A high level meeting held in New York to review the Sendai Framework for Disaster Risk Reduction 2015-2030 (Sendai Framework) has concluded that progress is not satisfactory on six of the seven targets except on plans and strategies which were aimed to reduce losses and increase capacities to cut disaster risk, said the National Disaster Management Authority Member Secretary Kamal Kishore here on Thursday after the conclusion of the G20 Council’s 2nd Disaster Risk Reduction Working Group meeting held since May 23.
‘’Last week in New York, there was a high level meeting at the midpoint of the Sendai Framework to take stock of what is the progress. We have realised that out of the 7 targets except one target which is relating to plans and strategies, progress is not satisfactory on all of these. So in that context whatever G20 does becomes very important as if G20 succeeds in its DRR efforts as there are 20 largest economies then it will have positive effect for rest of the world,’’said Kishore who was accompanied by the NDMA Member Krishna Vatsa and BrihanMumbai Municipal Corporation Director(Disaster Management). He added that the Sendai Framework was adopted by 187 countries.
‘’There are four priorities and 7 targets in the Sendai Framework. Firstly, Understanding risk where disasters can happen how much damage that they cause, how frequently they can happen, second was to improve disaster risk governance, have capacities, laws regulations, codes to address and mange the disaster risk, third was to invest in disaster resilience by making the right kind of allocation in different sectors and using the right kind of financial instruments to improve disaster risk management and the Fourth was to have system for more efficient disaster response including most efficient and better reconstruction and recovery after disaster so that when rebuilding takes place it should be better,’’said Kishore.
‘’The progress was to be measured against 7 targets out of these 7 targets four targets were related to reduction in losses, three related to increasing capacities,’’ noted Kishore.
‘’The loss reduction targets included reduction in mortality per 100000 people monopolised by population, reduction in number of people affected by disasters who lose their houses, properties, reduce economic losses and reduce loss to infrastructure and infra services. There was a time when a cyclone would come and there was no electricity for two months so how do you reduce that to two days from two months,’’ said Kishore.
Kishore further stated ,’’The remaining three targets included one is on how do we have better plans and strategies at all levels including national, state and local. In India all states have disaster management plans (DMP) 90% districts have DMPs and increasing the capacities. Second was increasing the coverage of early warning system for all hazards including cyclones floods and third was improving or increasing international cooperation in these areas.’’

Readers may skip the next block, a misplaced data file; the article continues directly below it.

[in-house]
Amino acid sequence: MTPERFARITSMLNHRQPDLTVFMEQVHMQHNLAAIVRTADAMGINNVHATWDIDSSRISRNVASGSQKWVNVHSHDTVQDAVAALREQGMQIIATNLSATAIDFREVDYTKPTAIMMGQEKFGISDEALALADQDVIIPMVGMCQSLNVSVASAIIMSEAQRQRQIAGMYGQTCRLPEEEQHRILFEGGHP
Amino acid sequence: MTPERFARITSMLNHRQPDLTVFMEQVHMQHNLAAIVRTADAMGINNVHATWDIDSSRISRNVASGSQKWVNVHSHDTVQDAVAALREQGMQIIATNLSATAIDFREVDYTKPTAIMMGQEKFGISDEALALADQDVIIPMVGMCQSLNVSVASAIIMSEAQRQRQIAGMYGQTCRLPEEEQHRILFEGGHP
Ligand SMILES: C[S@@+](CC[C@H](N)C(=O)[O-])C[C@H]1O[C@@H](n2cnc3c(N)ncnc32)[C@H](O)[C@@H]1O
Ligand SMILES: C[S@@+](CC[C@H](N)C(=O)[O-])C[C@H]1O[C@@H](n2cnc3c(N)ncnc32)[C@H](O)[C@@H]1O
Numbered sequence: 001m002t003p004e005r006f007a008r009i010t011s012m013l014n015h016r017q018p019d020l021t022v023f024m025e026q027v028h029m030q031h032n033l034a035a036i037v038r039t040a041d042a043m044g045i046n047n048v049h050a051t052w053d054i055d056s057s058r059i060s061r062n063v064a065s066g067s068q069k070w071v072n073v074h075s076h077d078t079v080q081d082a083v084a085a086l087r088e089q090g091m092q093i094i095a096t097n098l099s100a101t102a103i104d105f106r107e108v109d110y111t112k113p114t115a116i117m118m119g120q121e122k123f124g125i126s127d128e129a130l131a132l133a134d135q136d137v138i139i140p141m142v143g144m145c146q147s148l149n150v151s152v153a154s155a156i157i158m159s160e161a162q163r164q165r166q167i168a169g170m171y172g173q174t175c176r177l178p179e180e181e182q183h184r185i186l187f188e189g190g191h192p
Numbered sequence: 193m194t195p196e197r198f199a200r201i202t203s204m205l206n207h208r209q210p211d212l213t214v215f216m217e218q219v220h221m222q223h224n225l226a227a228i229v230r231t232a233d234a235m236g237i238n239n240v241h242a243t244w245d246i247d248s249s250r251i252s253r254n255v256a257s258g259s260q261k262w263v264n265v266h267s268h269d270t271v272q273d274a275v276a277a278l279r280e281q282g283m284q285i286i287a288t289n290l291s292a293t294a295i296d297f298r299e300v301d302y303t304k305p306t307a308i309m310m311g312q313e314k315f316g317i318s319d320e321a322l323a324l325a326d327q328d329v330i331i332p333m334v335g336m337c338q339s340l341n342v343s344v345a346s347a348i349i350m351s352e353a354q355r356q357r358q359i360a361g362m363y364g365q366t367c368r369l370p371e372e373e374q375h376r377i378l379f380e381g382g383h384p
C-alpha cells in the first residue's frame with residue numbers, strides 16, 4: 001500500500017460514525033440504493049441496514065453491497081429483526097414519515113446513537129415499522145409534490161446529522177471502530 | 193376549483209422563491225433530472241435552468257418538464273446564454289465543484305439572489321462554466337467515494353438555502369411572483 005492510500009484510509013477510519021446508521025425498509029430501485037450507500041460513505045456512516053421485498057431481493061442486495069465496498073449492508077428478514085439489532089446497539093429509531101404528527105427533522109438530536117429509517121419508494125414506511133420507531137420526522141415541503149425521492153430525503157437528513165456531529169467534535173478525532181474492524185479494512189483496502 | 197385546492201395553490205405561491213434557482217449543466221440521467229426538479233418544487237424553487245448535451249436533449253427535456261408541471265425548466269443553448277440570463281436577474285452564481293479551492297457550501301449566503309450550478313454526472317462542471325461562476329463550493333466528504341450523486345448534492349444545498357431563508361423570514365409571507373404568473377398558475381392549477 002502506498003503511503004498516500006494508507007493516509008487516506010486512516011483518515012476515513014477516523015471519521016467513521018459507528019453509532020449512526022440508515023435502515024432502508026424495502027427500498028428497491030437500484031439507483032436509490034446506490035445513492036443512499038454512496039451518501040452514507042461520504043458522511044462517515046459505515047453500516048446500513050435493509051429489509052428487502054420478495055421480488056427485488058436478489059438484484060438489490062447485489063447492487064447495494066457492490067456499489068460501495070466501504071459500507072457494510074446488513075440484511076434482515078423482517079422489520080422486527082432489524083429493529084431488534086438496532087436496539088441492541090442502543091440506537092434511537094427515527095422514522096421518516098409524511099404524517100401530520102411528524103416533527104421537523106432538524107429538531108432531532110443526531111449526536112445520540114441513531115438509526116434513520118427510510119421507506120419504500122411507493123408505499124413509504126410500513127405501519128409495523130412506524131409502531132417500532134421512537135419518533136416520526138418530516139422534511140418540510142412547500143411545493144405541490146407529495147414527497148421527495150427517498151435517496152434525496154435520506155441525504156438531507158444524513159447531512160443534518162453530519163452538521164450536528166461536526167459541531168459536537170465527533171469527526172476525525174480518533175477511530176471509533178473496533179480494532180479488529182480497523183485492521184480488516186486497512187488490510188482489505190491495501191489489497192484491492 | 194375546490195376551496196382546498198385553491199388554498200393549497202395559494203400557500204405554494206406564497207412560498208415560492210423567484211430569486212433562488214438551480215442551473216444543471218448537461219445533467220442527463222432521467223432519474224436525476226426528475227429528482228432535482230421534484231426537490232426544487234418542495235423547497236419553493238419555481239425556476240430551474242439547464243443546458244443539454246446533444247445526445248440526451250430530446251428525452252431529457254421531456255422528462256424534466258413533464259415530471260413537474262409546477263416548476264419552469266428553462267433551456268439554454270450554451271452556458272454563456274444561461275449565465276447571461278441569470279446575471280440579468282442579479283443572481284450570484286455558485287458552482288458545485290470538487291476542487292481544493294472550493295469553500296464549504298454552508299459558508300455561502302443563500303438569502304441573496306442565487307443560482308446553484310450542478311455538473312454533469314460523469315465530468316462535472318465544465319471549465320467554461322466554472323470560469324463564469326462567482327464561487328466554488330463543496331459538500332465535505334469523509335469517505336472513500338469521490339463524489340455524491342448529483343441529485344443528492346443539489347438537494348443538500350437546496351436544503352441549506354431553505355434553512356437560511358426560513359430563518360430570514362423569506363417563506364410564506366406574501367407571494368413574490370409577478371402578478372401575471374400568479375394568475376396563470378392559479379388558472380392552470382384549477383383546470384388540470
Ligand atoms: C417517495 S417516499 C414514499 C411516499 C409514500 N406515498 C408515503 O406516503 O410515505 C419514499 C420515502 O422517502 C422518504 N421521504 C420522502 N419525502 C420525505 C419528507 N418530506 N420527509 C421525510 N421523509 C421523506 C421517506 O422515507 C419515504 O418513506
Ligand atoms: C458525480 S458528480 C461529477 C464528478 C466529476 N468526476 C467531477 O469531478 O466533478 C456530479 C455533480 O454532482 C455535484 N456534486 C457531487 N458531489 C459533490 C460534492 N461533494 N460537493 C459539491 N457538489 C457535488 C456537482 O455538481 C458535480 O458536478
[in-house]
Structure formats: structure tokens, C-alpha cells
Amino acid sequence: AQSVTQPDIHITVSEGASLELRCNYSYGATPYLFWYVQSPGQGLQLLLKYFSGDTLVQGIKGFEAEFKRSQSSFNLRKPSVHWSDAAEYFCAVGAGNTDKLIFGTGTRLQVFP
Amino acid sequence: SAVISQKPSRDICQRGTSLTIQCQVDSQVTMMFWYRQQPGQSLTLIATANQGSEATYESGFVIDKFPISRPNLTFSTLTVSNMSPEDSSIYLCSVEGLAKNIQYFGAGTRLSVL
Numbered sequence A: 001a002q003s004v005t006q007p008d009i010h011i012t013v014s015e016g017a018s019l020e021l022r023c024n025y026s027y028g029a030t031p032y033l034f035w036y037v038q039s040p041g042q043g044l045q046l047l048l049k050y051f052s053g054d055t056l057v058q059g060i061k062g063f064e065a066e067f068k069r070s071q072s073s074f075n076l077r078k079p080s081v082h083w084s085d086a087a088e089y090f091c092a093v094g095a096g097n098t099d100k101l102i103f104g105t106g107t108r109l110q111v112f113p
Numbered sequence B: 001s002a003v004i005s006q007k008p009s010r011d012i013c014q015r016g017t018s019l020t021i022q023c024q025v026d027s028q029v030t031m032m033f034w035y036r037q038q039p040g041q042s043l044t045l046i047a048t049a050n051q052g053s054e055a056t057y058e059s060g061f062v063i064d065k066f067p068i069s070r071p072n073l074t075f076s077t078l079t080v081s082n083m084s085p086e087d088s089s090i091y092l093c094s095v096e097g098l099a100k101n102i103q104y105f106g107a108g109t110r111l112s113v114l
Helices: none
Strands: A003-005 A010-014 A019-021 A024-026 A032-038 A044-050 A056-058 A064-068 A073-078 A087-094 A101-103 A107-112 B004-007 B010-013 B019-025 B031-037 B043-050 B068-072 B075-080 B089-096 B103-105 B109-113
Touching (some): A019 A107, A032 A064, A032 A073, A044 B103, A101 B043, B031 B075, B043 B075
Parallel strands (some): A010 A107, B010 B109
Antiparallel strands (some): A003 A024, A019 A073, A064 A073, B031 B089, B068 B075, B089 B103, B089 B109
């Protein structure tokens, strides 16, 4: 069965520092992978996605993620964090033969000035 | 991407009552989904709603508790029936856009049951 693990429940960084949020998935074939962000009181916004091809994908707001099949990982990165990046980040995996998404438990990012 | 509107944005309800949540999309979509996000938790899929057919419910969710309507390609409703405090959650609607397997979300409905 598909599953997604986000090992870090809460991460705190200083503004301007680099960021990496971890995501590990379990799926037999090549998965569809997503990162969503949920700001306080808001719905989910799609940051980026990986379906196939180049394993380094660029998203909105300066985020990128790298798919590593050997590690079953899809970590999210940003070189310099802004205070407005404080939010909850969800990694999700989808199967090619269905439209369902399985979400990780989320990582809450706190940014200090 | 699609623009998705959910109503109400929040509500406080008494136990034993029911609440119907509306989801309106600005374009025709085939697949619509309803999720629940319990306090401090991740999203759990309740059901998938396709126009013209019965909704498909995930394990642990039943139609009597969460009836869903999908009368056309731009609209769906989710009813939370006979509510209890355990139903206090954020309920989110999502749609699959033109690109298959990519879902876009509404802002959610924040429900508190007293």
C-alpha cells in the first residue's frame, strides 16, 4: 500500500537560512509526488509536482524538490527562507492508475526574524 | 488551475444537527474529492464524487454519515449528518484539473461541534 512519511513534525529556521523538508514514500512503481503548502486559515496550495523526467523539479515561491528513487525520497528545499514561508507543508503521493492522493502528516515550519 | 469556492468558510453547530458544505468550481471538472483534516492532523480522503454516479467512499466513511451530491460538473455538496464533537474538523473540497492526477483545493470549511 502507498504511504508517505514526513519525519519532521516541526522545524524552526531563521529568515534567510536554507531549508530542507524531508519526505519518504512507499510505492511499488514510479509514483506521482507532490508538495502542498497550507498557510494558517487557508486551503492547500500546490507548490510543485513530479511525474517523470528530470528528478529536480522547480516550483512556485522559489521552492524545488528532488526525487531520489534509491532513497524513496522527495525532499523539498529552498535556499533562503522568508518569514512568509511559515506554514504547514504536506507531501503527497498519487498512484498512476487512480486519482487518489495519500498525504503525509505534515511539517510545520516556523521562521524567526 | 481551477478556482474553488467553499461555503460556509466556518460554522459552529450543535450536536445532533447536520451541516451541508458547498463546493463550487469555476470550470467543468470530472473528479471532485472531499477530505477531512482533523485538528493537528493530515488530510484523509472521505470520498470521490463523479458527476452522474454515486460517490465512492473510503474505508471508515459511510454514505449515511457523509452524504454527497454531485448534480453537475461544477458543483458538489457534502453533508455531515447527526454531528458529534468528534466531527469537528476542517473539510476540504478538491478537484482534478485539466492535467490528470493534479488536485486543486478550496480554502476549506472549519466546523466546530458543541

Meanwhile, Dr PK Mishra, Principal Secretary to the Prime Minister, who led the Indian delegation at the New York review meeting last week, informed that the issue of disaster risk reduction is getting the requisite attention in the global policy discourse as both G20 and G7 have accorded priority to this issue. Dr Mishra also underscored the need to evolve a financial architecture that can address the entire spectrum of disaster risk reduction needs in a balanced way and specify the role of the State in strengthening early warning systems in times of disaster.
‘’Although the Sendai Framework as well as its predecessor, the Hyogo Framework, highlighted the importance of an all-of-society approach to disaster risk reduction, it is clear that states bear the primary responsibility for both stopping the creation of new disaster risks as well as reduction of existing disaster risks,” Mishra said.
While working on financing disaster risk mitigation and disaster preparedness, states must contend with complex challenges like how to increase the absorptive capacity to effectively utilise resources allocated for disaster risk mitigation.
The Sendai Framework for Disaster Risk Reduction 2015-2030 (Sendai Framework) was the first major agreement of the post-2015 development agenda and provides Member States with concrete actions to protect development gains from the risk of disaster.The Sendai Framework works hand in hand with the other 2030 Agenda agreements, including The Paris Agreement on Climate Change, The Addis Ababa Action Agenda on Financing for Development, the New Urban Agenda, and ultimately the Sustainable Development Goals.
It was endorsed by the UN General Assembly following the 2015 Third UN World Conference on Disaster Risk Reduction (WCDRR), and advocates for:
The substantial reduction of disaster risk and losses in lives, livelihoods and health and in the economic, physical, social, cultural and environmental assets of persons, businesses, communities and countries.
It recognizes that the State has the primary role to reduce disaster risk but that responsibility should be shared with other stakeholders including local government, the private sector and other stakeholders.